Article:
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10. Molding and casting

Tasks for this week

  • Explaine how you design your 3D mold and created your rough and finish tool paths for machining. Done.
  • Show how you made your mold and cast the parts. Done.
  • Describe problems and how you fixed them. Done.
  • Include your design files and ‘hero shot’ photos of the mold and the final object. Done.
  • Review the safety data sheets for each of your molding and casting materials, then made and compared test casts with each of them. Done.

Group assignment

The most interesting part for me was that this week included the usage of bigger CNC machine Roland MDX-40A, as it is required for my final project. We have learned how to use it to create the object out of modeling wax. Therefore, it was necessary to learn the procedures to create proper G-code and use proper tools.

For example, it is important to remember the length of the endmill to avoid the collet hit the model. It can cause damage to the model and ruin all the milling process.

Also, we have learned different purposes of the endmills. For example, the endmills with the flat head are more suitable to cut flat surfaces, and the ball head endmills are better for finishing curvy surfaces.

Also, we compared some different ways of molding and materials. The comparison of some material can be found in the individual assignment part. Comparing different molding methods was interesting to me. I realized that it is possible to create even very complex structures with this process. However, there are also some basic methods like vacuum mold creation. It does not allow to make very detailed molds, but it is cheap, fast, and easy to apply.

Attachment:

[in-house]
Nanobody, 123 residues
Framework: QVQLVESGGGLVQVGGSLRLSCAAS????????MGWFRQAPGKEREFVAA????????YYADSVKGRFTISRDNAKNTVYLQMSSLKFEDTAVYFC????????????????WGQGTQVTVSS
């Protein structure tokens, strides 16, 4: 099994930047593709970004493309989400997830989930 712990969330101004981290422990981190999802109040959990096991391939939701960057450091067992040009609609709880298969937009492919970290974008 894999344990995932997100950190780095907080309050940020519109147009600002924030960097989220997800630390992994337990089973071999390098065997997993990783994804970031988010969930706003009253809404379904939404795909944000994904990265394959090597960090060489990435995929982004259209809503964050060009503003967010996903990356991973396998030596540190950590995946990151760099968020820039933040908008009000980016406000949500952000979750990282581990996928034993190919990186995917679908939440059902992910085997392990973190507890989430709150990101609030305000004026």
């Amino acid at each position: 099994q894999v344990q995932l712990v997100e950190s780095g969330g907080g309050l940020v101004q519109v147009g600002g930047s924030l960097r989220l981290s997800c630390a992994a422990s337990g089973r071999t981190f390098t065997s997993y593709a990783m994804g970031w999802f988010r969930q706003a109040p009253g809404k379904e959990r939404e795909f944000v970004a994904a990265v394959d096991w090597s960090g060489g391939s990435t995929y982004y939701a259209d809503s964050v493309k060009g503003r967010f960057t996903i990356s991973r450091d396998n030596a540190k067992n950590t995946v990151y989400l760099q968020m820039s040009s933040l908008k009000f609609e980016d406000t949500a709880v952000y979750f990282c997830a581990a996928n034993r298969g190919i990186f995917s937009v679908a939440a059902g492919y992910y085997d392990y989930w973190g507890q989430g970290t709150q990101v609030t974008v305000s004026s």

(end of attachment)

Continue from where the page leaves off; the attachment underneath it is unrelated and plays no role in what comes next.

There are more information about group assignment of the page of my classmate Pamela.

Individual assignment

I have decided to cast the part of the device of my final project. This part should be made out of ceramic. I did not have a ceramic to do it. But I decided to try other materials and see, how the process will go. I have selected low temperature melting metal and two components resin.

3d Model

The part that I want to cast is just a piece of the bigger part that will be used as a heating chamber.

It is an interesting part because it has an inner structure. It is necessary to use a two-sided mold to make it. Therefore, I have created a 3D model to be milled in the wax block.